Does anybody besides Lana Del Rey and me feel sad in the summertime? No? If you or anyone you love wants to wallow in the melancholy this summer season, check out the podcast Crybabies. It will remind you of things that are bittersweet and introduce you to some new crying triggers. One such reminder for me was the 1973 classic film The Way We Were.
Briefly, it features a love story between Barbra Streisand’s leftist activist Katie and Robert Redford’s all-American apathetic Hubbell.
I’ve been deeply in love with Redford since I first saw All the President’s Men when I was like 14, and this film just fuels that infatuation.
Sexy, sexy Bob Woodward
And how are you not in love with that smile?
Katie is serious, and is at her best when she is protesting something.
Hubbell is well-liked and doesn’t like to make waves.
Katie sees Hubbell’s potential as a writer, and pushes him to be his best self. She doesn’t force her politics onto him, but rather wants him to say something with his writing rather than crank out blasé stories.
Look how cute they are!
Hubbell recognizes that Katie is good for him, but ultimately he chooses the path of least resistance in their relationship and in his life.
That’s pretty much the thesis of the movie. #Heartbreak
There are, however, a couple of really strange parts of the movie that I definitely didn’t notice or remember.
Example one: Strange nonconsensual sex scene.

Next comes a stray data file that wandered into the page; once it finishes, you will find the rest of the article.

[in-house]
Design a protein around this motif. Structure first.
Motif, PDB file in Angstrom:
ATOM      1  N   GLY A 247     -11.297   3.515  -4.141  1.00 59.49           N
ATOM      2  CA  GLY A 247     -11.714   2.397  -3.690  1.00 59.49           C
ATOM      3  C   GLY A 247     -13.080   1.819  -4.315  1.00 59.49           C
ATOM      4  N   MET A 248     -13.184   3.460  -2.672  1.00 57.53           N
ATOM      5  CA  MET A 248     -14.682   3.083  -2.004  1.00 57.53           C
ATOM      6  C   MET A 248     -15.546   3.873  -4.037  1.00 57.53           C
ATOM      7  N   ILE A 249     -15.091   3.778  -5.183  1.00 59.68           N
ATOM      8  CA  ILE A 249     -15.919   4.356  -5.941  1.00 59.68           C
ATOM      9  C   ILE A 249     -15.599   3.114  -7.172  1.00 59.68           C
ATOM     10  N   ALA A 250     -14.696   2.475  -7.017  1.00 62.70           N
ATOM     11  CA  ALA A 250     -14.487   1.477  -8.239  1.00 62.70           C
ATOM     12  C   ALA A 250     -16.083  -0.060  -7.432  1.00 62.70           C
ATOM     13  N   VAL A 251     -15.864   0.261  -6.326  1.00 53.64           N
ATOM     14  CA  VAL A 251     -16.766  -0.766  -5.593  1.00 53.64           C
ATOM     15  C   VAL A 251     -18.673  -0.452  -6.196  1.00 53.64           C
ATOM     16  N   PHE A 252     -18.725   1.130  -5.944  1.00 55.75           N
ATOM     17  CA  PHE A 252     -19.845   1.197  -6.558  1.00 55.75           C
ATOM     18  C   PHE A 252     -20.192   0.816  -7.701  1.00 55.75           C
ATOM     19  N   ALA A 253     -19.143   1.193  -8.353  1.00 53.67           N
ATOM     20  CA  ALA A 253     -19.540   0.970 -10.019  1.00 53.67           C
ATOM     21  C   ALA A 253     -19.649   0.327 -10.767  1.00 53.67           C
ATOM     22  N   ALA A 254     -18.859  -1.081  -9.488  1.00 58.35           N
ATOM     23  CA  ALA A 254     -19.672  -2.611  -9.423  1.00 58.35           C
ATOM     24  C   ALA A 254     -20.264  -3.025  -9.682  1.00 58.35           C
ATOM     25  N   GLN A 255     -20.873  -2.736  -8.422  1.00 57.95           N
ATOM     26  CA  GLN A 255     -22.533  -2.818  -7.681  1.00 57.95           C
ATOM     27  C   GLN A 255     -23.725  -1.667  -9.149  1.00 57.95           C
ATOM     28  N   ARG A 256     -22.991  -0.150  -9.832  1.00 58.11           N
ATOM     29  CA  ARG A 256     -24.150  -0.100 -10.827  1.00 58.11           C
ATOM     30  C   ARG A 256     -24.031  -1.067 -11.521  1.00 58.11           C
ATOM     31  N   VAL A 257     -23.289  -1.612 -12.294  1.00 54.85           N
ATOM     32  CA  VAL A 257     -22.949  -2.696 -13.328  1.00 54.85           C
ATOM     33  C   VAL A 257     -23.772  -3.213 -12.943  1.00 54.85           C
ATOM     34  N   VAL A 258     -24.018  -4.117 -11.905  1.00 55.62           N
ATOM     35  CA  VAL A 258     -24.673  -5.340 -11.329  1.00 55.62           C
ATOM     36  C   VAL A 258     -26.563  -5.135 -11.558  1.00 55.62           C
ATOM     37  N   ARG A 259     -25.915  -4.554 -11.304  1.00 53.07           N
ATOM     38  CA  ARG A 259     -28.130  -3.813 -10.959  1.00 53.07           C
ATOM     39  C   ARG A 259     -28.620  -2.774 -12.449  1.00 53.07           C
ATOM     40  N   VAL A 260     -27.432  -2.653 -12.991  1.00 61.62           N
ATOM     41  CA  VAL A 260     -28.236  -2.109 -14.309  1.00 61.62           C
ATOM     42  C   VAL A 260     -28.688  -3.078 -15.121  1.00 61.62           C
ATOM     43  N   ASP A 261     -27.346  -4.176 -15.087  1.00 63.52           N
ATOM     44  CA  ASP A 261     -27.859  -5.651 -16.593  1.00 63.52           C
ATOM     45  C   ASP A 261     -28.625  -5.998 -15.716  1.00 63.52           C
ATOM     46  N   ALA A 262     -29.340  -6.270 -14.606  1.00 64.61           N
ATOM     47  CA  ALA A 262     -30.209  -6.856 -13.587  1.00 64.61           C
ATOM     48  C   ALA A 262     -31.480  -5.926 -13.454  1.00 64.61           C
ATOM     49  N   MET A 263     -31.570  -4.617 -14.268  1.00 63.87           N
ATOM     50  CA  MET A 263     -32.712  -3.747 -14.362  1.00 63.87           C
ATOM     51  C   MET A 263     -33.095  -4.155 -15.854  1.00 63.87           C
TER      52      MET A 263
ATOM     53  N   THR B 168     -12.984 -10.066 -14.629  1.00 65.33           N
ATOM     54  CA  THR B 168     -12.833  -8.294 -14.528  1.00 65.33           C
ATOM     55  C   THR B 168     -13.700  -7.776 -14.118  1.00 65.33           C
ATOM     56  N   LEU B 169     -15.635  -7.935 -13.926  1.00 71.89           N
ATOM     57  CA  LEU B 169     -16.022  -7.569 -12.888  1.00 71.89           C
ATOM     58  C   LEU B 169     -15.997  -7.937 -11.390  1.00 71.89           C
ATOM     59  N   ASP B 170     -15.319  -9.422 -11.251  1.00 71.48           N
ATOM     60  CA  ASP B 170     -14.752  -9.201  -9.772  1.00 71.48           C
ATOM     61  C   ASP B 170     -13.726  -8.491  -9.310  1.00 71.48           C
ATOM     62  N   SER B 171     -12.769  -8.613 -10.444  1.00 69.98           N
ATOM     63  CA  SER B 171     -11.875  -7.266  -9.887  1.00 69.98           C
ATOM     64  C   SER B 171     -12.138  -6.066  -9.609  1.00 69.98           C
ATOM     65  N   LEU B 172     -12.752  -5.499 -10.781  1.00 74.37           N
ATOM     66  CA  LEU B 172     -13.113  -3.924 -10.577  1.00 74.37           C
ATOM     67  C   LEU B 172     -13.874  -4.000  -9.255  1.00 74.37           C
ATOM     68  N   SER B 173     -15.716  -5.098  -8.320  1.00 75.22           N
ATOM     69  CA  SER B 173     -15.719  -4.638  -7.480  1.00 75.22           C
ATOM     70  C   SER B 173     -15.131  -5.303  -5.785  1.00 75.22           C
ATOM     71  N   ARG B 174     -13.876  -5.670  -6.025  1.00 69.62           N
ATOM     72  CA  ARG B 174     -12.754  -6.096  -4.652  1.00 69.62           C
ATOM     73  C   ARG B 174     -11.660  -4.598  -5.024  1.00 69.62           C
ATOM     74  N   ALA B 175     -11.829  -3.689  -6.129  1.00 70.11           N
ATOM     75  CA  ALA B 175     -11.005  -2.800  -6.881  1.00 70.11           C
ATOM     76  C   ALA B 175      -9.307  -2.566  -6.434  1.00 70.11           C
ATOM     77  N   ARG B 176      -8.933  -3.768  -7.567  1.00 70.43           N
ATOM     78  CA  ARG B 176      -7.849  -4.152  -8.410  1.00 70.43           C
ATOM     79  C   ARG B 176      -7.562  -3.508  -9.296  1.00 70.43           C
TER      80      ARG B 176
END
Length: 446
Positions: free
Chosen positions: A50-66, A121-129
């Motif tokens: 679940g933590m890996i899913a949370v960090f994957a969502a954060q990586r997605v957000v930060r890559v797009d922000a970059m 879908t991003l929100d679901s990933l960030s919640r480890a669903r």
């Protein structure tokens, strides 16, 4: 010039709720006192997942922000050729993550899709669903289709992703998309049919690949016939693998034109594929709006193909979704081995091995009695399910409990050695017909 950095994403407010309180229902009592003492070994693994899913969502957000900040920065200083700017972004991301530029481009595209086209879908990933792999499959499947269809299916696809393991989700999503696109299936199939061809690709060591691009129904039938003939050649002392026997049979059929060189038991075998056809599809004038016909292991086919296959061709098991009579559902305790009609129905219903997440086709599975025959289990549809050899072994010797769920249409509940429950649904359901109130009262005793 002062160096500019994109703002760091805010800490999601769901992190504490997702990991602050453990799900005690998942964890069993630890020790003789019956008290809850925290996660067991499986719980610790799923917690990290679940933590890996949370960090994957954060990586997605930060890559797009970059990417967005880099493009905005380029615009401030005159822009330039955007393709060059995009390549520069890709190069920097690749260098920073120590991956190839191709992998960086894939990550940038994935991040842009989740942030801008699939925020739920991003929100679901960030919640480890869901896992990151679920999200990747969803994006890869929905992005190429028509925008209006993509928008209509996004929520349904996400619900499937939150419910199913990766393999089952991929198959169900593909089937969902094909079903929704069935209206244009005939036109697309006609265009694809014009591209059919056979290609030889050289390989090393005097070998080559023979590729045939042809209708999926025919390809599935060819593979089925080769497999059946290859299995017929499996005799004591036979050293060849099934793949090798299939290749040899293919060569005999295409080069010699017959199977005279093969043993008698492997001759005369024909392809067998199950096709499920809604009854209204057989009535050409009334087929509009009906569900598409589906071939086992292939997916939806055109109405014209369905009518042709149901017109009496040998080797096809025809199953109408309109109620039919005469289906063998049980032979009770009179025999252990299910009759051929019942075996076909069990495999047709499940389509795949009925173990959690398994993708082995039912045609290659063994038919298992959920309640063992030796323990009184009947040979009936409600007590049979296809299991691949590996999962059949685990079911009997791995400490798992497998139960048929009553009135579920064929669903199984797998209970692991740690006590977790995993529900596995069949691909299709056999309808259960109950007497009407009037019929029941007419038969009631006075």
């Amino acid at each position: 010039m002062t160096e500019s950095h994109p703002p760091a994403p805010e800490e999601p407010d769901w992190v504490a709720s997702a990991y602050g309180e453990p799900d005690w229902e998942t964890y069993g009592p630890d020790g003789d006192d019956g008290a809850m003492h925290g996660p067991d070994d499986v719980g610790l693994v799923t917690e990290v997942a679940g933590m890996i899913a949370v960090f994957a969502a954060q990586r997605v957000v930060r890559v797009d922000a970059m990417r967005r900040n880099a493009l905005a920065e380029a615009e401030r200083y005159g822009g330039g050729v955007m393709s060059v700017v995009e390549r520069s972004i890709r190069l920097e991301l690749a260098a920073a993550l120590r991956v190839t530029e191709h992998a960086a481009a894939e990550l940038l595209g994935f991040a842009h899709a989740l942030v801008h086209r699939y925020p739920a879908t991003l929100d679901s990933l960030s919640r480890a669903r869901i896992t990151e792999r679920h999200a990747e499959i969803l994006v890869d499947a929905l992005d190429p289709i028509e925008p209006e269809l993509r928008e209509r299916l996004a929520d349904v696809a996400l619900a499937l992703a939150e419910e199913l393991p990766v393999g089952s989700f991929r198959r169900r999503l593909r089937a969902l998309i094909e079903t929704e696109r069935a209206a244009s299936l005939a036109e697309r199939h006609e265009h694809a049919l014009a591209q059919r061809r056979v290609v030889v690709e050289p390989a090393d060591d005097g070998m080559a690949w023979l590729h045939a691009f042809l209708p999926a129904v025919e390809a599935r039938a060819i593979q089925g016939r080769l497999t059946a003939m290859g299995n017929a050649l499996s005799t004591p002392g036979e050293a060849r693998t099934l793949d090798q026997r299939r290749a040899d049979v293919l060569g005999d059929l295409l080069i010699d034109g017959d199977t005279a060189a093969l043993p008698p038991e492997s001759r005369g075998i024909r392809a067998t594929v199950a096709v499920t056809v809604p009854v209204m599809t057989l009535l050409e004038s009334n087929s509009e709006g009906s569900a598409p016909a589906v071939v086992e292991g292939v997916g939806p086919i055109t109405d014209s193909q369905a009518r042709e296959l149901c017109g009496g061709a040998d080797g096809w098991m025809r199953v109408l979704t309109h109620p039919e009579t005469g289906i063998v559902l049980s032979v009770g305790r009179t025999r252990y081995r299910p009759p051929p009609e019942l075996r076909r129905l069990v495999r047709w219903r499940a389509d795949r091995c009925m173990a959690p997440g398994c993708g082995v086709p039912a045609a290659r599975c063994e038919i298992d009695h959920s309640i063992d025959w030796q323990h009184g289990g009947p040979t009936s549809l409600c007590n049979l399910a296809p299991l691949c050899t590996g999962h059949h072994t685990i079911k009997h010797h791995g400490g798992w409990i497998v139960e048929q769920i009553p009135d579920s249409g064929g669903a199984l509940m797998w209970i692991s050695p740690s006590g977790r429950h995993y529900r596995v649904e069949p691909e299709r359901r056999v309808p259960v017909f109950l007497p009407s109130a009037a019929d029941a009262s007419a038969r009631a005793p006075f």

When Katie and Hubbell run into each other in 1944, she is a single working girl in New York City and he is a narcoleptic naval officer stationed in Washington but in NYC for some unknown reason. She sees him asleep at a bar in New York, they party some more, and she brings him home.
He passes out naked in her bed, she lies down naked next to him, and then he just sort of rolls on top of her and they have sex.
Not sure who took advantage of who, but it’s a little weird. He doesn’t appear to remember it in the morning.
Example two: Their daughter
[spoiler alert] They have their final breakup when Katie is pregnant and fighting HUAC, and Hubbell chooses to stay in LA and write boring McCarthy-approved scripts. He agrees to stay with her until she delivers their daughter, but in the final scene of the movie they reunite after a couple years and he clearly has no relationship with his child.
She tells him that he would be so proud of their daughter, and he asks if her husband is a good father to her. Wait, what?! Has he seen his child since the hospital? Does little Rachel know who her real father is? Did Hubbell at least pay Katie child support? Because raising a baby as a single working mother in the 1950s would be no picnic. But Katie seems fine with it.
It also had a couple things I enjoyed that I didn’t notice before:
Example A: Less restrained sexual mores
The film allows them to have what seems to be a scandalous pre-marital sex-riven relationship in the 1940s. She gives him a key in New York and they live together in LA, all without getting married.
Example B: Communism isn’t so bad
This combined with point A reminds me that this is a 1970s story set in the 1940s. Katie’s communist sympathies, which she expresses openly in college in the 1930s, probably would not have been presented as noble in a film produced in the 40s or 50s, even without HUAC. It’s a film that embraces the critique of war and the government in a rather tame albeit post-Vietnam way.
Example C: Young James Woods!
Overall, it’s a beautiful story about being true to yourself and the line between pushing someone to be their best and changing them. To his credit, Hubbell never tries to change Katie. He just knows he’s not willing to do what it takes to be with her forever.
This scene just kills me. And yes that is a poster of Stalin behind her:
And the Gilmore Girls reboot:
It’s a beautiful movie, and they don’t play the over-the-top (and Academy Award-winning) theme song much at all.